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On the latest installment of our Lawyer Says series, our family law team explains the implications of someone “accidentally” violating a protective order by running into the petitioner in public.

The Question: I have a final protective order against my ex. What happens if we accidentally bump into each other in public?

I was granted a final injunction for protection (domestic violence) against my ex husband. I’ve read it through and I’m a little confused. It clearly states he can’t have any contact w[ith] me in any way, 500 feet distance from my house and employment, and 100 feet from my car.

My question is, if we were to bump into each other in public place or for if he goes somewhere he can reasonably expect me to be (like open house at school for the kids)…does the restraining order protect against that? I thought it would say somewhere he would have to stay X feet away from me at all time but I don’t specifically see that.

The Answer: When “bumping” into each other in public, it’s best for one of you to leave the area as soon as possible, especially the respondent (the person who the protective order was filed against). In fact, under Maryland law there are certain places where a respondent can’t even be present.

Firstly, we need to preface our full answer by noting that this week’s question was submitted by someone who does not live in the state of Maryland. However, they still have a reasonably general inquiry about protective orders and how they work, so we figured we’d take the chance to address their question.

The state of Maryland does not place distance restrictions on people with a protective order filed against them (otherwise known as the “respondent”). Instead, a protective order ruling will state specific locations that the respondent cannot be present at, such as the petitioner’s (the person who filed the protective order) workplace, school, gym, home, etc. Furthermore, the respondent is made well aware which locations are included in the ruling, so they have no excuse for “not knowing” where they aren’t allowed to be. By having these specific stipulations in place, Maryland can prevent many accidental run-ins between a petitioner and a respondent.

So, yes, a protective order (especially one in Maryland) would cover places where you’d expect to see your ex-husband. In regards to your children’s school, he would need to contact the school and schedule separate meetings to ensure that you aren’t both there at the same time.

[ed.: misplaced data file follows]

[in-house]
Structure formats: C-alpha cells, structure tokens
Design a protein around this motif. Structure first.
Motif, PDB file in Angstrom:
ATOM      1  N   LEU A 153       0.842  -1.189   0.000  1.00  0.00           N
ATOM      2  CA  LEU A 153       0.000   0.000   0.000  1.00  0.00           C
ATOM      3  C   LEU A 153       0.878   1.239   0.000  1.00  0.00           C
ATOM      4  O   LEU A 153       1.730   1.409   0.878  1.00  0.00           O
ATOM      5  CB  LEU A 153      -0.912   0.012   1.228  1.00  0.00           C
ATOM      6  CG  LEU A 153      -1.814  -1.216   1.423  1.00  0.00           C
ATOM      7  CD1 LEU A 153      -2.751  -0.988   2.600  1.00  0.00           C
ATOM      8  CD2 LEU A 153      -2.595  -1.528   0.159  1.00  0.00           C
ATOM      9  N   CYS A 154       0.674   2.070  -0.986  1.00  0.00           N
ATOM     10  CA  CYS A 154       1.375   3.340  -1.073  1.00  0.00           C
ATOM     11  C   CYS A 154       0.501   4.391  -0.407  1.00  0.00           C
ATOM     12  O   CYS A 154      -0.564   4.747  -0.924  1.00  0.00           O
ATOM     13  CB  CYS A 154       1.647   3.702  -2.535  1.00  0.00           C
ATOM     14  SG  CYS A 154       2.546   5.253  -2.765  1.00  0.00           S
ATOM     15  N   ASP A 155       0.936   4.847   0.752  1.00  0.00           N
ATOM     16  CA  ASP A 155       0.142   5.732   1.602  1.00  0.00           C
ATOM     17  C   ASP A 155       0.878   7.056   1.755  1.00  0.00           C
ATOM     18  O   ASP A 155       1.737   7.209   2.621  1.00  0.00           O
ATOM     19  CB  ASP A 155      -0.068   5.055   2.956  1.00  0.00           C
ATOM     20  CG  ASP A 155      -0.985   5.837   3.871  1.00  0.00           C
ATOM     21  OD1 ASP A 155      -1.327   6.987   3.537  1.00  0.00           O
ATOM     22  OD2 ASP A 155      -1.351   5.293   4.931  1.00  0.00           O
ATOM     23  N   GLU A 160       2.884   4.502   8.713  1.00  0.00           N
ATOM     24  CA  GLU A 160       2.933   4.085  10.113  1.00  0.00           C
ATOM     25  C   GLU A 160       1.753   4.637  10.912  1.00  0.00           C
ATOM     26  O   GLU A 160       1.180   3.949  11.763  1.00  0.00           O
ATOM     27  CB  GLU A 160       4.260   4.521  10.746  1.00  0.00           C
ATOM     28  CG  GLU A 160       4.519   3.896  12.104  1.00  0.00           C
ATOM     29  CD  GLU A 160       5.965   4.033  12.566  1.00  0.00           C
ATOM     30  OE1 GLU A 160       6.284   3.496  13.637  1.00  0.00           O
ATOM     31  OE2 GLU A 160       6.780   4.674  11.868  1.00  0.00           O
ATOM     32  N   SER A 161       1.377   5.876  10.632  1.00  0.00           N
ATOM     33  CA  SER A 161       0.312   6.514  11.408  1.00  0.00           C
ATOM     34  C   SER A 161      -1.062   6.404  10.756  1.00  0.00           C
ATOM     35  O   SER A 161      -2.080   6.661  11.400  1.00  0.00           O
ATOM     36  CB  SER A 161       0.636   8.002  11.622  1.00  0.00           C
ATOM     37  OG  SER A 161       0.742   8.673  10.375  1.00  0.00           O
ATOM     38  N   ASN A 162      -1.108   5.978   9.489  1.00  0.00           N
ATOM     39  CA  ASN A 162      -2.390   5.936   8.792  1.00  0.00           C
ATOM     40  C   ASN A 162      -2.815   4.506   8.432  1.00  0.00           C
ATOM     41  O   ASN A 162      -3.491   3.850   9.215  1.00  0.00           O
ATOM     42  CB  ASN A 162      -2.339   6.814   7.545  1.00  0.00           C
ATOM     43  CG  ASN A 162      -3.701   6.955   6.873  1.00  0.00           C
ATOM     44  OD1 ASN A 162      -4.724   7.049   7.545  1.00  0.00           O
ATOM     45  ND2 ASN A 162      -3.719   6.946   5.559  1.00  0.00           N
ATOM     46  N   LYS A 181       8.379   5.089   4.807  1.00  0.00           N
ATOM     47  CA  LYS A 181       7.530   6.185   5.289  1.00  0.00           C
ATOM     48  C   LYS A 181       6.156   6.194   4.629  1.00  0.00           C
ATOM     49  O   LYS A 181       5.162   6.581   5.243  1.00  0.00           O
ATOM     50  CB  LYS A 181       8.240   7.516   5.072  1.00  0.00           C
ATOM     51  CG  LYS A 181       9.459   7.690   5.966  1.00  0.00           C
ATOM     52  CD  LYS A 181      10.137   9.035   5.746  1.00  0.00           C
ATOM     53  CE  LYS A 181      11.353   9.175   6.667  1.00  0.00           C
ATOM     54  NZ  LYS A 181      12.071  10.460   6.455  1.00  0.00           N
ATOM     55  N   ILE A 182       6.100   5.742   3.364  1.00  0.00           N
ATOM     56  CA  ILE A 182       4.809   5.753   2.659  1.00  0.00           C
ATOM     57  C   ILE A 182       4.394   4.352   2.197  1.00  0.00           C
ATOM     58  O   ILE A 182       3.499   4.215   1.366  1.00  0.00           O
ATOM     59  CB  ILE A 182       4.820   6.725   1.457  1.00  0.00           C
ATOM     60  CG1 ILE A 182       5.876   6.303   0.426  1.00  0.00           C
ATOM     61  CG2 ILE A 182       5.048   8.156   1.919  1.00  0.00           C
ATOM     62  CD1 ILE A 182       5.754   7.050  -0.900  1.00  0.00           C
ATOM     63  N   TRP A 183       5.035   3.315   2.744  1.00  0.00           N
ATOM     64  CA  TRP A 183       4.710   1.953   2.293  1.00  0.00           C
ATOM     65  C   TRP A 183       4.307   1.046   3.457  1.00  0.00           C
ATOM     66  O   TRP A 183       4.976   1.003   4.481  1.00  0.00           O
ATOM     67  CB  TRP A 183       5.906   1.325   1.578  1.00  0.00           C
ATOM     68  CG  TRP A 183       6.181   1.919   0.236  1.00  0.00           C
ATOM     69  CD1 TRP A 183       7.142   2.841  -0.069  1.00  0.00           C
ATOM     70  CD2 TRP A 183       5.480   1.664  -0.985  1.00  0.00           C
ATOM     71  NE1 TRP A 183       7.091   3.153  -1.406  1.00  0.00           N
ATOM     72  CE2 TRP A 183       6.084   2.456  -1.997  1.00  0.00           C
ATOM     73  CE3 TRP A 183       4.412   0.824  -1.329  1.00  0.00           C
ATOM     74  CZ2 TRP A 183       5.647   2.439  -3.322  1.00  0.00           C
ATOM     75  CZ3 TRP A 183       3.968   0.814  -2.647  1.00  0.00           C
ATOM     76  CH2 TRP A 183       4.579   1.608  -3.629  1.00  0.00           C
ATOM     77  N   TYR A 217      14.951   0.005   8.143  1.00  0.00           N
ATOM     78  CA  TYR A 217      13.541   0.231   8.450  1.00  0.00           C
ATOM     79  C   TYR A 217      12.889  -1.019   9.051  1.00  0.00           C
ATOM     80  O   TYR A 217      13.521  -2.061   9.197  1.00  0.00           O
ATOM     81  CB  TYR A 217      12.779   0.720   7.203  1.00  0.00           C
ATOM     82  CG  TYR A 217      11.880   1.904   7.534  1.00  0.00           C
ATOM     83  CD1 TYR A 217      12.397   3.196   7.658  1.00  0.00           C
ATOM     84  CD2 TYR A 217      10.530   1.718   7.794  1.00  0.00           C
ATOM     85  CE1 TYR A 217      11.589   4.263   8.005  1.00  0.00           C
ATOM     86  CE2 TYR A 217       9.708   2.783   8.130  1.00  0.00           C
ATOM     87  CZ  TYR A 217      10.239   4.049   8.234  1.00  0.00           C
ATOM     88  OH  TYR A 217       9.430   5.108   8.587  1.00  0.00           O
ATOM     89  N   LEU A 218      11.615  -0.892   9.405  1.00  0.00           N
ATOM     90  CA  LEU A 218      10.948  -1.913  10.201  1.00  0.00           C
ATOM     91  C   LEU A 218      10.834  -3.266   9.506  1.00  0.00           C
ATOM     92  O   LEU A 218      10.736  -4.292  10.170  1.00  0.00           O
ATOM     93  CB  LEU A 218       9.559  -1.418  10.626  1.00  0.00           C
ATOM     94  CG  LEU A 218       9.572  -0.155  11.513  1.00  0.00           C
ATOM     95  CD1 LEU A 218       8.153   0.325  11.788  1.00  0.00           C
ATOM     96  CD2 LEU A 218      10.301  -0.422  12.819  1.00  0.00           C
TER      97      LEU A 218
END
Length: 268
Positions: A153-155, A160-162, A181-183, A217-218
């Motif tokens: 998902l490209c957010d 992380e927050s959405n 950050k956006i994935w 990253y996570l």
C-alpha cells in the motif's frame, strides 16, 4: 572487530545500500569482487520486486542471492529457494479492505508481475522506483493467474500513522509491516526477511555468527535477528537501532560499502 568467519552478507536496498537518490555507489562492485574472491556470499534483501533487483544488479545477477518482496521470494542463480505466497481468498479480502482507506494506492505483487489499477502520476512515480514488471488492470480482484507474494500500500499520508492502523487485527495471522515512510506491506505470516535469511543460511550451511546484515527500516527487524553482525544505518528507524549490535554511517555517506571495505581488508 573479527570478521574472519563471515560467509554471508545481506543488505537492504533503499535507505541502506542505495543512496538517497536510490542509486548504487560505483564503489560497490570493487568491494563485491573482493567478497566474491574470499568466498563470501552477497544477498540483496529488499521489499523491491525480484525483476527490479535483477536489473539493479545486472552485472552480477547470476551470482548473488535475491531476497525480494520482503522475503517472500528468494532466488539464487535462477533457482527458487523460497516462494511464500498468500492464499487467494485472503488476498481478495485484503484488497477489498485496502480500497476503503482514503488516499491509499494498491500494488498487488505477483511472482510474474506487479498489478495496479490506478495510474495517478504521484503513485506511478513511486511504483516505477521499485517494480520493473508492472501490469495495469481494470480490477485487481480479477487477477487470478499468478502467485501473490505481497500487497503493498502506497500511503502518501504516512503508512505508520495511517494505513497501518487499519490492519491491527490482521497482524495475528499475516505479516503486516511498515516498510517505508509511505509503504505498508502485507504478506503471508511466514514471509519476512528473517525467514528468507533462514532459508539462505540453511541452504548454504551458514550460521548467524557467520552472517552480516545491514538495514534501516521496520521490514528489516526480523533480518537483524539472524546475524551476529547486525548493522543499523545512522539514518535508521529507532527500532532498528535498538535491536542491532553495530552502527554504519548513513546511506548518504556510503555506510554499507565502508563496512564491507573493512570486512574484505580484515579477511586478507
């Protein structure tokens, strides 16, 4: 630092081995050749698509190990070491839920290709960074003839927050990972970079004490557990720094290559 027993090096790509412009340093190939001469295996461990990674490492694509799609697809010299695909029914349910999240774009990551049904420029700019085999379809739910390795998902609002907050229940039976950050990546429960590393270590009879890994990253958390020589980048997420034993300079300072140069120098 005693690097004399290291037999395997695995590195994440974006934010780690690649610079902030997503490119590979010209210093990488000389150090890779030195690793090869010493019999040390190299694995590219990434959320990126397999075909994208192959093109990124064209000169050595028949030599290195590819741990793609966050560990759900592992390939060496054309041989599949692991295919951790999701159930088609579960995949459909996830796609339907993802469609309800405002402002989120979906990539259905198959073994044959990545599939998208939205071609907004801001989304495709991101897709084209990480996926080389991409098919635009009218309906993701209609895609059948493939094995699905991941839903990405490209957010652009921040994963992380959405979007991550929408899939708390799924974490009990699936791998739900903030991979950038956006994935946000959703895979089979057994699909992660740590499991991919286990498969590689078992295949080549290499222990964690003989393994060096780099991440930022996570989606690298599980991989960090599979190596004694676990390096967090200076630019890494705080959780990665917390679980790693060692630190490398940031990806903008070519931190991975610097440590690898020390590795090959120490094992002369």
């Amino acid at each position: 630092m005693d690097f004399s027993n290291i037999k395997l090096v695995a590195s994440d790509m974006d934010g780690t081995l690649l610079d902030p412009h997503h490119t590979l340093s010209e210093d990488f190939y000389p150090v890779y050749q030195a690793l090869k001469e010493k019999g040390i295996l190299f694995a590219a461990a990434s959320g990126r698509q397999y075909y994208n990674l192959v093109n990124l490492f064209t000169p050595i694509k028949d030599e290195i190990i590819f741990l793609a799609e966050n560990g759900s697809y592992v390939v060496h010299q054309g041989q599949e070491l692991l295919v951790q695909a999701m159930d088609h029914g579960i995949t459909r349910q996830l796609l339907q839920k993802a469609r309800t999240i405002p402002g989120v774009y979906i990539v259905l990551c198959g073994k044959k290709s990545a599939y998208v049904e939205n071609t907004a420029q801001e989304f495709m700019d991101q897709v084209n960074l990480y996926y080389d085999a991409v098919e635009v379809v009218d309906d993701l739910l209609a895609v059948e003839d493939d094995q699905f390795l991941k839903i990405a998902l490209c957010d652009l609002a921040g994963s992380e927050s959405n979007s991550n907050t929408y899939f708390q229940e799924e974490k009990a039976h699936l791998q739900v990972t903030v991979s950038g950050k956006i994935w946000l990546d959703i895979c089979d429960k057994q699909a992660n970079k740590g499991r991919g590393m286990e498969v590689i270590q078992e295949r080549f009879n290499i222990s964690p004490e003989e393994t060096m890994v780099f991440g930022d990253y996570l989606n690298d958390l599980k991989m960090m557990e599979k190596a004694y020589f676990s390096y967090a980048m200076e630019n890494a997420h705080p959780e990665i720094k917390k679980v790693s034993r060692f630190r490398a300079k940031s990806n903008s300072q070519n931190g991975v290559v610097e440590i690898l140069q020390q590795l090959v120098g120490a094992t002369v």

Now, that’s not to say that coincidental “run-ins” between the parties in a protective order don’t happen.

When these situations do occur, it’s best for the respondent to leave the area immediately. Alternatively, the petitioner can leave the area instead. Either solution works, and would usually prevent any full-blown violation of the order. In Maryland, any of the specific places mentioned in the order (a specific school, the petitioner’s home, etc.) are totally off-limits to the respondent, and if they were found present at one of these locations, that would definitely constitute a violation of the order.

It’s worth noting that “no contact” also includes communication through texts, emails, phone calls, and social media. Any attempt at these kinds of communication would violate the order as well.

In Maryland, violation of a protective order brings criminal charges, so it is best to completely obey the order while it’s in effect. Protective orders are meant to do just that; protect the petitioner above all else, so if you have a protective order filed against someone and at any time you don’t feel safe, you should immediately contact the police to enforce the ruling on your behalf.

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Our automatic disclaimer: We’re lawyers, but not necessarily your lawyer, and do not represent the individual who asked this question. We’re providing this information for general educational purposes based on the publicly available information provided by the anonymous Internet user. Any number of details may change how this individual’s attorney may pursue this legal situation, differently from how we suppose above. If you have a similar question, then you should consult with a lawyer about your specific situation to get a “real” response!